Private investment buffers COP21 money battles
With lots of private money flowing into clean energy innovation, can climate negotiators finally stop arguing about where the cash will come from?
The logjam that proved insurmountable when nations tried to reach a climate deal at the last big U.N. meeting in 2009 — money — has been broken at COP 21 underway in Paris.
At COP21 underway in Paris and in the months leading up to it, hundreds of billions of dollars have been committed from business and governments alike to finance clean energy innovations and carbon mitigation, creating some optimism that the world just might, after all, pursue a plan to stem climate change.
By comparison, the UN climate convention in 2009 in Copenhagen ended with no agreement but instead a virtual fistfight over who would pay for greenhouse gas mitigation and clean energy in Third World countries which are not responsible for today’s climate problems.
But the flurry of commitments and new investments this time around doesn't mean the deal is nearly done, nor all the money needed is in. Debates continue about how to require governments of rich countries to help pay for mitigation efforts in poor countries. The difference is that this time the private sector is putting forth some cash.
Financial commitments are impressive: from the billions expected from the Breakthrough Energy Coalition of 28 billionaires led by Bill Gates and CEOs of major companies who each promise major clean energy investments, to the related Mission Innovation by 20 governments to double their investment in clean energy, to the $3.4 trillion divested from fossil fuel investments and now looking for new home, to India's International Solar Alliance aiming to garner $1 trillion for solar energy infrastructure in equatorial countries.
Just as impressive are the huge clean energy lending targets set up by the largest U.S. multinational banks: Goldman Sachs' $150 billion fund, Citi's $100 billion fund and Bank of America's $125 billion fund. And corporate members of the World Business Council for Sustainable Development launched a Low Carbon Technology Partnerships initiative of corporate investments.
But while the total flow of global climate finance is estimated at $340 billion to $650 billion by the United Nations' climate change finance committee, much, much more is needed.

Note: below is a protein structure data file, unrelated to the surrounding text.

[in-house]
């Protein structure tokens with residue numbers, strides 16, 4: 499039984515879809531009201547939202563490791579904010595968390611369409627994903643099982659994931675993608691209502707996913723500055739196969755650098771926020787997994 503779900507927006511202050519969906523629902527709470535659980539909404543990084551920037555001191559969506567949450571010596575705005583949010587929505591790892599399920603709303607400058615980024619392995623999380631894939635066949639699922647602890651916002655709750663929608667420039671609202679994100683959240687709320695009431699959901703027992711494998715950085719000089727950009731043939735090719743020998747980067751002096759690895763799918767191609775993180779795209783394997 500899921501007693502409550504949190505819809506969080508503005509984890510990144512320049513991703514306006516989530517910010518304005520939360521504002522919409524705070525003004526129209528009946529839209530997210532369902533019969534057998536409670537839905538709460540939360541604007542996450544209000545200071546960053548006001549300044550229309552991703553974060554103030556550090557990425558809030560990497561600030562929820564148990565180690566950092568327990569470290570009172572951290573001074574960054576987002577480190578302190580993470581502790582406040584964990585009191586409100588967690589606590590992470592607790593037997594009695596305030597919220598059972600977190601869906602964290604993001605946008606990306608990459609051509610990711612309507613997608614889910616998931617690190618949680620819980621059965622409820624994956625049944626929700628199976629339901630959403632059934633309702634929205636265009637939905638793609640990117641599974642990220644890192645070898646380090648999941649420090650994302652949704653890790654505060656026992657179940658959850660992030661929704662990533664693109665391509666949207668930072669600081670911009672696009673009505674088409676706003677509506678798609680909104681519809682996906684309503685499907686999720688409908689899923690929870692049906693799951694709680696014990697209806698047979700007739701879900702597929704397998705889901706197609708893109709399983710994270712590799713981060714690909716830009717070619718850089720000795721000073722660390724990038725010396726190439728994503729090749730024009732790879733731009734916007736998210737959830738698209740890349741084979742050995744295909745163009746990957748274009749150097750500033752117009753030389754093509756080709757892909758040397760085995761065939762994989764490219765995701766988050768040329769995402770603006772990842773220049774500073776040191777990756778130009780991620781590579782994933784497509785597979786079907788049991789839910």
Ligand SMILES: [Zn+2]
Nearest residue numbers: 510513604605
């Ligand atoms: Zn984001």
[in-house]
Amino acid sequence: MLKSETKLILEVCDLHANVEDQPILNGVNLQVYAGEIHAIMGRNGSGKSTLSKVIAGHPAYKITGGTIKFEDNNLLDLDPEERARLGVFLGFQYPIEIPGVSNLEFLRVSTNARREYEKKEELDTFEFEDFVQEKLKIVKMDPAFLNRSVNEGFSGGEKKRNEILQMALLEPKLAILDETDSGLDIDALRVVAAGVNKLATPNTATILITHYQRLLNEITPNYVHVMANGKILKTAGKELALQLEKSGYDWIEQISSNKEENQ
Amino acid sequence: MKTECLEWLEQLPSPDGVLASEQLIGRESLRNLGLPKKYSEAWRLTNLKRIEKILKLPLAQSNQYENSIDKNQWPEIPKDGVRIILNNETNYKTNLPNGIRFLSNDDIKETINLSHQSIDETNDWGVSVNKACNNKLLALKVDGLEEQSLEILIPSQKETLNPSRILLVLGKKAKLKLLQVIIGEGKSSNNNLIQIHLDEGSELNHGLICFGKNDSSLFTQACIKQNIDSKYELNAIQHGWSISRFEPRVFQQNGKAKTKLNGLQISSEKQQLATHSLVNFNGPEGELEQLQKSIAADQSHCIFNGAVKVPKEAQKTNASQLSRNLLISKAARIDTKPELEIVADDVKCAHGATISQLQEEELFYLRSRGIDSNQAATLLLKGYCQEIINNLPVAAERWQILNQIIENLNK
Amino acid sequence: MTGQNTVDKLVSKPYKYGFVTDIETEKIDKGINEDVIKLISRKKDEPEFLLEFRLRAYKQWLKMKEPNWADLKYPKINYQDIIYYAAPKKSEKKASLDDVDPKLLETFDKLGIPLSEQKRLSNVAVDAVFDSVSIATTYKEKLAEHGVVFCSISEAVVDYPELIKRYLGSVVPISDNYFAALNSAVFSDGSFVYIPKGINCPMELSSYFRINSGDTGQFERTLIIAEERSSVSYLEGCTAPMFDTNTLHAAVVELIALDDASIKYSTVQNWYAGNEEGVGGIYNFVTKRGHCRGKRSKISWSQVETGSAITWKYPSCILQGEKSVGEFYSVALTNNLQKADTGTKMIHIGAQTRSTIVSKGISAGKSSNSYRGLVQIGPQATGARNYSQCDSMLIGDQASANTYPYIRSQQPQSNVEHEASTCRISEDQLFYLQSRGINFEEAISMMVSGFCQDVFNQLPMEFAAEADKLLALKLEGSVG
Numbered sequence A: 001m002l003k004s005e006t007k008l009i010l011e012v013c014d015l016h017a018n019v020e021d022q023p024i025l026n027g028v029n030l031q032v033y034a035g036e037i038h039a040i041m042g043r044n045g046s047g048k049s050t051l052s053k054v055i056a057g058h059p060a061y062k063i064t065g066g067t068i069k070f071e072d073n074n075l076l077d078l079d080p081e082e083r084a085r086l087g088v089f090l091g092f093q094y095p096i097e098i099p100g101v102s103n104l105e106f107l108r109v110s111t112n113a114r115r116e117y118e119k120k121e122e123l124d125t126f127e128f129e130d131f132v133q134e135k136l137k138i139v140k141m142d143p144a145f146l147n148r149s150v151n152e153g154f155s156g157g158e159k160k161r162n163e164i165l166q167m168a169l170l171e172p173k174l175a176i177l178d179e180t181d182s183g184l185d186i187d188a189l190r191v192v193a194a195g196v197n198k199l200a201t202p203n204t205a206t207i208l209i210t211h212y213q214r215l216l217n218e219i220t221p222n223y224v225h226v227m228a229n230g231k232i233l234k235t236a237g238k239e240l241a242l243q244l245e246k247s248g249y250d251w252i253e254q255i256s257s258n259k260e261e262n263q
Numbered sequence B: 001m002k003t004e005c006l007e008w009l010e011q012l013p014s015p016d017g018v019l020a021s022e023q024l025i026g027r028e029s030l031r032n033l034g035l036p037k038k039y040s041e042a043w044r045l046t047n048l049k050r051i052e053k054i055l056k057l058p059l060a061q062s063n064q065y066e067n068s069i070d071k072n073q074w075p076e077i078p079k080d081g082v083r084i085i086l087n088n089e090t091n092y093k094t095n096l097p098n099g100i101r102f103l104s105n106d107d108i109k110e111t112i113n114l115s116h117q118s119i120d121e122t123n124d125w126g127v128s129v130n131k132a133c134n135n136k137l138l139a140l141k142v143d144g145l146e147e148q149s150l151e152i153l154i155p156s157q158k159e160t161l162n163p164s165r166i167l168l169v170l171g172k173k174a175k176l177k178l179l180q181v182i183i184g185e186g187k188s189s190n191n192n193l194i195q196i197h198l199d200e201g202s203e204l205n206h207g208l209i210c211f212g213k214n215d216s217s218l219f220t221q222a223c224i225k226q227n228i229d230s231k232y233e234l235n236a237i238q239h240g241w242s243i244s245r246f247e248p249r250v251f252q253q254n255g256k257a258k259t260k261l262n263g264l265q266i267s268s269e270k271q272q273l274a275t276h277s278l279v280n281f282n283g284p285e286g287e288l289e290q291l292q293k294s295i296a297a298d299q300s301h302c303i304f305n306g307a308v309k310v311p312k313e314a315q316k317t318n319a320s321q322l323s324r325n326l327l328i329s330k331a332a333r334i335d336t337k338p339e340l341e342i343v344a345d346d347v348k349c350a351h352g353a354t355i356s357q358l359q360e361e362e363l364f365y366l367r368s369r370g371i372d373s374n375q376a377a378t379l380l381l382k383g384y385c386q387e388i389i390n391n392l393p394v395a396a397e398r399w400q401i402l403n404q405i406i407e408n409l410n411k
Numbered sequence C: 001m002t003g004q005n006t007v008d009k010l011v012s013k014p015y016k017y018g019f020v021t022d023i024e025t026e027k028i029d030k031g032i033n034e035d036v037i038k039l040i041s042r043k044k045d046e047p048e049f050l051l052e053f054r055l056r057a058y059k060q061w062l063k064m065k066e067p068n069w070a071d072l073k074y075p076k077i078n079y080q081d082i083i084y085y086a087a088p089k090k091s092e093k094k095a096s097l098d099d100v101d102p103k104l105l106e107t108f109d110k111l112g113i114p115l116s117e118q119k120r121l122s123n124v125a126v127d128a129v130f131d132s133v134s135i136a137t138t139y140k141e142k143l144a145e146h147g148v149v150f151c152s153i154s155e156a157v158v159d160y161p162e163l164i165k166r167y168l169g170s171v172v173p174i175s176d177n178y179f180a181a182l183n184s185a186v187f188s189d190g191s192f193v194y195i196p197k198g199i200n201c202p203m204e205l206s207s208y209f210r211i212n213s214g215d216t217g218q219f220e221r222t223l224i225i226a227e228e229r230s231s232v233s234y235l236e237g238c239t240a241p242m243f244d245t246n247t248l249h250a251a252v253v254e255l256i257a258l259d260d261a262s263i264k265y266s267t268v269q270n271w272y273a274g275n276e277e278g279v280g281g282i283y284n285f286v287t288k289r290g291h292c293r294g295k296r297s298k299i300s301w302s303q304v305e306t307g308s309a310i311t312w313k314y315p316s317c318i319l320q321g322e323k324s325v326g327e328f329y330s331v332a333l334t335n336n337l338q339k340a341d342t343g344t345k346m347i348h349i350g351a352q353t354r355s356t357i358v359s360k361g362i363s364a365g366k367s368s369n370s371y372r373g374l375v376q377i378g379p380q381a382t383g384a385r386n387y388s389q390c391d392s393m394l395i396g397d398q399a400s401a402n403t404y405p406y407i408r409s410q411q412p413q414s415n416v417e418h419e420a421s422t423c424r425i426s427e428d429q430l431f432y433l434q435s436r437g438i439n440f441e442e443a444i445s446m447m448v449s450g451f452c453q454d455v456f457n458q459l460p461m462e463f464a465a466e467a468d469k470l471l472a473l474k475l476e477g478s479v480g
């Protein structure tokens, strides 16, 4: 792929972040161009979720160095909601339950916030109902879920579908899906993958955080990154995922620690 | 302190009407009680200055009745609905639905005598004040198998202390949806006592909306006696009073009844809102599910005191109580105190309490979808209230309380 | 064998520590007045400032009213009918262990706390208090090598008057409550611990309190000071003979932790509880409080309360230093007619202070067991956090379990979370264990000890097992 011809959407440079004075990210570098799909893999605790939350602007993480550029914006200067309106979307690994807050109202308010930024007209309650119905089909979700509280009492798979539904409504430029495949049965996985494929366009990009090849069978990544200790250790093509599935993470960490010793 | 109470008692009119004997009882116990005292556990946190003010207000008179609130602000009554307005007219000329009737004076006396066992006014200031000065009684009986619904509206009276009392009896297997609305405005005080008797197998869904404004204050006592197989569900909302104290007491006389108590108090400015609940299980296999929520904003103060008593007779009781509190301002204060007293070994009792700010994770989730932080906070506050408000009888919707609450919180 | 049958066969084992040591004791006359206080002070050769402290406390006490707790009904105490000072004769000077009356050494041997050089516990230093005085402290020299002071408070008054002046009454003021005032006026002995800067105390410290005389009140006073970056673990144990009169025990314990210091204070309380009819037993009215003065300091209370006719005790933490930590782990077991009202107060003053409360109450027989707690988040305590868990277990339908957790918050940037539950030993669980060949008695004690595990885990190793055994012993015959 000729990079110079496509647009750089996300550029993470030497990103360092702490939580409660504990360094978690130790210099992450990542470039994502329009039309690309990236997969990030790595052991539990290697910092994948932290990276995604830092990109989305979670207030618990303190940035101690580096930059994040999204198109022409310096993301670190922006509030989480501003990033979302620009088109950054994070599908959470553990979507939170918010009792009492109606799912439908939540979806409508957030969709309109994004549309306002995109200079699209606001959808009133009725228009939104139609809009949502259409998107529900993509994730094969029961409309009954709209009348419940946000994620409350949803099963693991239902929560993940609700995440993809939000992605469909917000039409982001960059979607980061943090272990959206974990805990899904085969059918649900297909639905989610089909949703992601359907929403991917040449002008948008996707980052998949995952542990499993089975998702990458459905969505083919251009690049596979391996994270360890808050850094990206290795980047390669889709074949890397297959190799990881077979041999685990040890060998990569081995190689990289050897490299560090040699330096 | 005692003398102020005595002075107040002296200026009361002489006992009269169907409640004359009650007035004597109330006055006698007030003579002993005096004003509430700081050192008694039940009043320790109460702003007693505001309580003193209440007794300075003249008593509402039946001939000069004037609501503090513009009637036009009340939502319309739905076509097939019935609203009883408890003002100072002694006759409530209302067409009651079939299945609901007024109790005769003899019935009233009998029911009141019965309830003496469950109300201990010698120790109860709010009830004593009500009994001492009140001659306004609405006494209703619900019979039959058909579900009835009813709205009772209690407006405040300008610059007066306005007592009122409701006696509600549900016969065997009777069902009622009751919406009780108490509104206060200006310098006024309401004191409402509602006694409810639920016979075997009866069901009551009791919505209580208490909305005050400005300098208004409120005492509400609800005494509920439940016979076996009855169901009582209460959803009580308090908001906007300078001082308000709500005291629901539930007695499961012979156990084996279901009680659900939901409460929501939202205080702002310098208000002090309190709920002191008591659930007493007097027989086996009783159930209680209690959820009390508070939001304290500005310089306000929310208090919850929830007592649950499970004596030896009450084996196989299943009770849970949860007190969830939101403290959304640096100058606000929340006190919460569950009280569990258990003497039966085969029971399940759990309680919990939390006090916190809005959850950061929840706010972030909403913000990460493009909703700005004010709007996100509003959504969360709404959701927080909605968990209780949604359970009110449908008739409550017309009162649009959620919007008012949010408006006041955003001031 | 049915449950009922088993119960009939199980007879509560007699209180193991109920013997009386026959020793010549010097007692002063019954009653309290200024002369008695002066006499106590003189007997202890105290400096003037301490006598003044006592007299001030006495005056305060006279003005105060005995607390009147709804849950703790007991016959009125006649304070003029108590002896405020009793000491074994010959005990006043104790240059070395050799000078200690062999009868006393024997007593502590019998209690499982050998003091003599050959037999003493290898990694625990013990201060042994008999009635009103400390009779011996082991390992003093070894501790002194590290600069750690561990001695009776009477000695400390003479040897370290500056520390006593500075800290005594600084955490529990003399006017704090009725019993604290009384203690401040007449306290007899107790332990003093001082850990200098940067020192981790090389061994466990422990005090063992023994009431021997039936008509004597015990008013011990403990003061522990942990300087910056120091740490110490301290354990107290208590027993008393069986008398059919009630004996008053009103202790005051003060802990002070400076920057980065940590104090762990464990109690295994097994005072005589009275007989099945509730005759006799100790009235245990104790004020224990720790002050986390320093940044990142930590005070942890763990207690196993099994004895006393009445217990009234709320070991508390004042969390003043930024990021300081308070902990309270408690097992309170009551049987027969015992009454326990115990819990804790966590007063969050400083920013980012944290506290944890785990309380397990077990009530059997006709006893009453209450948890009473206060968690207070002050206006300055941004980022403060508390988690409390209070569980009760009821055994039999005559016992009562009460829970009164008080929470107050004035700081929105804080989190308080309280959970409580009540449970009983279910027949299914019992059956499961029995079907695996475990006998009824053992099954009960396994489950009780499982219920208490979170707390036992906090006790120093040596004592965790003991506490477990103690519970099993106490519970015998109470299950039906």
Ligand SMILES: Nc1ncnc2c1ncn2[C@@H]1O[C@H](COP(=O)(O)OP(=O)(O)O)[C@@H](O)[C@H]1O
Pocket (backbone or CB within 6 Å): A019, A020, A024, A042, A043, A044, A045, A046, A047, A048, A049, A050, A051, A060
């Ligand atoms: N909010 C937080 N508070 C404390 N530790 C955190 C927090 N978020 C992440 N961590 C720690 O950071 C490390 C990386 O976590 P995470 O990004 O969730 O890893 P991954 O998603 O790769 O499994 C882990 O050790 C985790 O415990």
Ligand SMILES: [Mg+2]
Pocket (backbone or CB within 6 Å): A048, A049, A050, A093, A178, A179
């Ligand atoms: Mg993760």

"Trillions of dollars, not just billions, are needed to address climate change," noted the World Resources Institute on its WRI Outlet blog.
Indeed, the International Energy Agency (IEA) estimated in a "World Energy Outlook, Special Briefing for COP 21" (PDF) that fulfilling all of the promises or INDCs put forth by the 160 countries that submitted them by mid-October would require $13.5 trillion worth of investment between now and 2030. And yet the INDCs, or Intendeded Nationally Determined Contributions towards COP 21, would not be enough to prevent global warming from exceeding another 2 degrees Celsius, which is the goal of the climate talks.
Still, the gush of new investment dollars headed for clean energy finance marks something significant underway, something businesses involved in energy or agriculture or industrial parts might want to heed.
A new framing
"There's been an important shift in the framing" about the investment needed to slow climate change, said Val Smith, director of corporate sustainability at Citi.
"What might have been viewed as unsolvable or untenable in the business community in the past, we are far beyond that now in that there has been this tremendous interest and support from the business community," Smith said.
"Our clients perceive it as a business opportunity, and banks driven by client demand see it as an opportunity. That shift has happened and there is a strong sense in the business community that we are ready to get on with it — and we are getting on with it."
Citi's $100 billion earmarked and anticipated for clean energy finance over the next decade may even be a conservative estimate, she said. In a single year last year, Citi did $27 billion in clean energy financing.